An Old English sheepdog nestles in a corner, a red-brick fireplace and antique furniture combine to create the atmosphere of an 18th century home at The Woolgatherer Inc. That's part of what places this establishment near Dupont Circle a cut above most yarn shops.

Rows of brilliantly colored yarn line the walls of the shop like three-dimensional wallpaper. Baskets of knitting accessories surround a yarn wheel set in the middle of the room.

For proprietor Charles Higginbotham, 42, The Woolgatherer, 1502 21st St. NW, is more than just a business: It is a way of life.

"I try to translate everything around me in life into knitting," said Higginbotham, who considers himself an artist. With the yarns as his palette and needles for brushes, he strokes and weaves his fancies into garments of wool and cashmere, mink and silk that can sell for thousands of dollars.

A former dress buyer in a Florida store, Higginbotham came to Washington on vacation 15 years ago and "fell in love with the city."

"Whenever I fly into National Airport, I get goose pimples and tears in my eyes from looking down at all the different monuments, just as I did when I first came to Washington," said Higginbotham, a squarish man with brown hair curling around his ears. "This is the most beautiful place I've ever seen, and I can't imagine ever living anywhere else. After my first week here, I knew I had to make this my home."

He pays homage to Washington in the names he gives the items in his repertoire of handmade clothing: The Phillips Collection, National Cathedral, Library of Congress and Georgetown among them.

"This place is fantastic," said one of two women browsing in the shop recently. Smelling different yarns and touching them to their cheeks, they discussed knitting like veterans.

While the average knitter takes 55 to 60 hours to complete most sweaters, Higginbotham said he can produce even the most difficult garment in about 32 hours. His designs, on display in the shop, cover a range of styles for children and adults.

His sweaters bear no relation to the character of the institutions they are named for, he said, but instead are intended to elevate the image of fashion in Washington.

"There is a fashion industry here in Washington that New York City seems to neglect," he said. "By naming these garments after our great landmarks, it is my personal effort to call attention to our industry."

His yarns, many of them all-natural, are as diverse as his patrons. A garment of synthetic yarn can cost a few hundred dollars; sweaters and dresses made of silks and minks go for as much as the buyer is willing to pay, he said. The most expensive item sold by the shop--a small-stitched sweater-dress suit made of cashmere and silk--sold for $5,000, Higginbotham said.

"The man is an absolute master of color," said Barbara Cohen, sales representative of The Woolgatherer. "He sees a garment in its entirety before he starts knitting. Charles and The Woolgatherer create a family atmosphere, and if there's one place I would rather be other than in bed asleep, it is here."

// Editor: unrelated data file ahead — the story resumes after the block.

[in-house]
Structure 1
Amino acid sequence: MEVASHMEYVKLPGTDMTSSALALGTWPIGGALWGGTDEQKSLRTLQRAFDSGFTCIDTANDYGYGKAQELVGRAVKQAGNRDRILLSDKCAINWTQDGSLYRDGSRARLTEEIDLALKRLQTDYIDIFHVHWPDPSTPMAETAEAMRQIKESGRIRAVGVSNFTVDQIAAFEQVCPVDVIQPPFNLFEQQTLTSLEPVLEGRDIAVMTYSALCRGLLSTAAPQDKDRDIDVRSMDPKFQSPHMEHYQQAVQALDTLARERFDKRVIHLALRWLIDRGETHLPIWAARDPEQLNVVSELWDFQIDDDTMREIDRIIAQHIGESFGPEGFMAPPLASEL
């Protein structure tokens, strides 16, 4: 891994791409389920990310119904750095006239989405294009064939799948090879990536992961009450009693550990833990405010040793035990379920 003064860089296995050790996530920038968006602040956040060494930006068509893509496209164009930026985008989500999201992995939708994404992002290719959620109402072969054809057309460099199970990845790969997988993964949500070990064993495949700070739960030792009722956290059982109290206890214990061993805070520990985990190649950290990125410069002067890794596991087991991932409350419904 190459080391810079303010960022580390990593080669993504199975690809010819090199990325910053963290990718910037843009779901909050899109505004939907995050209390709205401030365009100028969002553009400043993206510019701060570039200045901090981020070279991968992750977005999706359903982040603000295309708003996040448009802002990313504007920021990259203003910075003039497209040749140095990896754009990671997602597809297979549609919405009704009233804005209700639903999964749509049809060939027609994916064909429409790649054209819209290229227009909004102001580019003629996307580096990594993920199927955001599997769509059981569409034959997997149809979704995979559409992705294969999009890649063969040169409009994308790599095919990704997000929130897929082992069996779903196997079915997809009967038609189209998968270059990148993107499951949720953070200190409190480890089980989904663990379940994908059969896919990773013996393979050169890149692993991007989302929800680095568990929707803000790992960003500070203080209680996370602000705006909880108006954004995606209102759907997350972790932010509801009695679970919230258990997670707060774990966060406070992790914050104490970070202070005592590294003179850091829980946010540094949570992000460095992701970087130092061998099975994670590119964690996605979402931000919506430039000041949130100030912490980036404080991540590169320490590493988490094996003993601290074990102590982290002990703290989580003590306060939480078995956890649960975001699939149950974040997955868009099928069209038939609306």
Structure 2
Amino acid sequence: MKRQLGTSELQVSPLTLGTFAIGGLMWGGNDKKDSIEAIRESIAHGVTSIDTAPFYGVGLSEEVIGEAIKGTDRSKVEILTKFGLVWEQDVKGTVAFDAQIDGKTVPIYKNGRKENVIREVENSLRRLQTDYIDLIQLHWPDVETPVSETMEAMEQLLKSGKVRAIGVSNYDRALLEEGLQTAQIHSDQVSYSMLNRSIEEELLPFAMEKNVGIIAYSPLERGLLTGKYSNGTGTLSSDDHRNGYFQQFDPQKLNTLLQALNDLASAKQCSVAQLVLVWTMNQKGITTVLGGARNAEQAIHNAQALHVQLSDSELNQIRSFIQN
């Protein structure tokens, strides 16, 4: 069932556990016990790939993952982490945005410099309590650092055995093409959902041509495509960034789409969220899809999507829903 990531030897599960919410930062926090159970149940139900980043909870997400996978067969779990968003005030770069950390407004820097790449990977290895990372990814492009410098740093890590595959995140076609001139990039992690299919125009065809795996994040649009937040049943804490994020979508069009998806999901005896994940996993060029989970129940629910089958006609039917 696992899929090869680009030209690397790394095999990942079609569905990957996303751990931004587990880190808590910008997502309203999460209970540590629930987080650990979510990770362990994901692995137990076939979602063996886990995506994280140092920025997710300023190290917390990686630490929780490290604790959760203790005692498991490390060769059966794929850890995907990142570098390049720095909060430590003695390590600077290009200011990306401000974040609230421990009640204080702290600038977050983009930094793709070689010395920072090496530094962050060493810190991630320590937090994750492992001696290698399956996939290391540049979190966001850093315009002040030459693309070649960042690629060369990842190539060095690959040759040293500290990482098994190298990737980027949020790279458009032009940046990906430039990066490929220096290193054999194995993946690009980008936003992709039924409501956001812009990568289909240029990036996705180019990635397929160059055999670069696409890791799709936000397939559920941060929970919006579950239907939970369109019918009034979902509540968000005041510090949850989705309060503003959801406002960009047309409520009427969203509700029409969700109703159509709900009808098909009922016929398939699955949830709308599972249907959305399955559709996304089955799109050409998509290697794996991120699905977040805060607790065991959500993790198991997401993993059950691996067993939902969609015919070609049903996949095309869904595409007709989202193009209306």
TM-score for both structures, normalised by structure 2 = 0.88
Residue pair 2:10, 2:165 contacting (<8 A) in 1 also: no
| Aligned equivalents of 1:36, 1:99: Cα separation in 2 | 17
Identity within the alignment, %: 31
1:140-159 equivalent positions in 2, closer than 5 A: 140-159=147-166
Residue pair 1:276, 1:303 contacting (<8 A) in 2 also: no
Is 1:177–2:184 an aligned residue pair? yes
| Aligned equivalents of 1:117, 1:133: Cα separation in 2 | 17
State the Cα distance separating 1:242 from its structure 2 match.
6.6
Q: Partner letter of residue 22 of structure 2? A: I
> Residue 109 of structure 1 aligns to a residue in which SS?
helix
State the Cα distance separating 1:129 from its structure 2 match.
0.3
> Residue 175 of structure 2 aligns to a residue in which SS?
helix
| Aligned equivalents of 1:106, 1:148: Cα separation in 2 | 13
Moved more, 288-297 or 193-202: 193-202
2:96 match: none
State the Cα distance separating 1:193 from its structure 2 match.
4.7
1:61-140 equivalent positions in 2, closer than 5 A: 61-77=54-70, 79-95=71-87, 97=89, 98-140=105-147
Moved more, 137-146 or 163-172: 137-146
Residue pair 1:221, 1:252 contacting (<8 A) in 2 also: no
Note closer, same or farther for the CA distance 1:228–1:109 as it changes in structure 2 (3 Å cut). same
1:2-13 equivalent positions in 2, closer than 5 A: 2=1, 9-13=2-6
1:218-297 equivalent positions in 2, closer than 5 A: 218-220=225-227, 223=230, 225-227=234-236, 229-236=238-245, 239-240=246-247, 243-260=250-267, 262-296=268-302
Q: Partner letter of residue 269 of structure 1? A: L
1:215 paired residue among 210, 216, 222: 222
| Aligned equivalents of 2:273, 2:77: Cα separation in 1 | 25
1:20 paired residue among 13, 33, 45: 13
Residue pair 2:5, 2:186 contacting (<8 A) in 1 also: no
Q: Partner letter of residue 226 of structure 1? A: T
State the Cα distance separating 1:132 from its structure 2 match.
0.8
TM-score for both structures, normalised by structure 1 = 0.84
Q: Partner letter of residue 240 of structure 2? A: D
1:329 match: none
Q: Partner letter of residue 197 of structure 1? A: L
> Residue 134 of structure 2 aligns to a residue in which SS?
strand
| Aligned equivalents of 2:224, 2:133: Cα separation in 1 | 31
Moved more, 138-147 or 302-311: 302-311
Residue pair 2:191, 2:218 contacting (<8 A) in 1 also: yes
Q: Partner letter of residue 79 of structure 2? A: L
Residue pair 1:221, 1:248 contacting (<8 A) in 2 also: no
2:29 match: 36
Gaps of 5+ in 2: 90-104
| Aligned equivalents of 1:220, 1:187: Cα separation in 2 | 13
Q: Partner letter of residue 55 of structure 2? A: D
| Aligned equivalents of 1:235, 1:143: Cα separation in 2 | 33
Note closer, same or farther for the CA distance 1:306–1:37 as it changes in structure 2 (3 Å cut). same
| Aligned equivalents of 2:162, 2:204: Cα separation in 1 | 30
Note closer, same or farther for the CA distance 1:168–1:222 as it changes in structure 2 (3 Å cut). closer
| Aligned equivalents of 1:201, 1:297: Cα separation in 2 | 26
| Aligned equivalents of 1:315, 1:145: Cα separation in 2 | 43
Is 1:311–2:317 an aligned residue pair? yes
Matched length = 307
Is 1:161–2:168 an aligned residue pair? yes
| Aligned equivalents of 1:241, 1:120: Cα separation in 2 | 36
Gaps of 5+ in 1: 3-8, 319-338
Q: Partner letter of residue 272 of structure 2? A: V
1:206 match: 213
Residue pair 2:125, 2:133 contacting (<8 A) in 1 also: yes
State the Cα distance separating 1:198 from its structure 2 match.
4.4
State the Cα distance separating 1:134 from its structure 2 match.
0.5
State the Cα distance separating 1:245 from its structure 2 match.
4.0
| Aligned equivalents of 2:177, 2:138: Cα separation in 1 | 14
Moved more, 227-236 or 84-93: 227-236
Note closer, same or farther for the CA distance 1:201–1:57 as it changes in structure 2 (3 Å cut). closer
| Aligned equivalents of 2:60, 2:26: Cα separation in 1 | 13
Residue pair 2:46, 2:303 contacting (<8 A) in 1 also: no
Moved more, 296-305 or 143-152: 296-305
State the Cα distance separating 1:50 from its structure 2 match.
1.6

A native of Indiana, Higginbotham grew up mostly in Orlando, Fla. He studied business and later music and finished a stint in the Army, then worked as a buyer for a department store.

The son of a grain elevator operator, he came to Washington in 1968 and made an unsuccessful attempt at operating an antiques shop in Adams-Morgan. He said he came to The Woolgatherer, a knitting shop then nearly 40 years old, in October 1972 and offered to help the owner, Wynne Gnam, who hired him.

"We had an understanding that I would have to learn to knit," Higginbotham said. "I immediately started taking lessons here and became so fascinated . . . that I never stopped." He bought the business in 1978.

"I've known Charles since the first time he came to the shop," said Margaret Greene, 82, who finishes garments for the store and taught Higginbotham about knitting. "From the begining he was very talented."

A bachelor, Higginbotham spends his spare time lecturing on knitting, teaching classes at The Woolgather or in his town-house living quarters above the first-floor shop.

Knitting is more than a trade, he said, it's "therapeutic."

"Many people will say they're too impatient to learn knitting, when they ought to say I should learn to knit because I'm impatient. The calming sound of the whistling spinning wheel coupled with the feeling of creating something from nothing with their own hands must have a positive effect on them."

He is untroubled by the stigma some attach to men who knit, he said. About 5 percent of his customers are men who were knitting before they found their way to his shop.

"Whenever I'm on a plane, train or bus, I never have to worry about people bothering me. They see a man knitting and I guess they assume I must be deranged or doing it for some sort of mental therapy," said Higginbotham, who can often be seen by passers-by, sitting at his store's front window working diligently on a new creation.

"When I've knitted my last stitch and the time has come for me to lay down my needles, let it be said that Charles M. Higginbotham . . . had a great sense of humor and got through it all with a laugh. I hope my enjoyment of my profession will carry over to others who knit."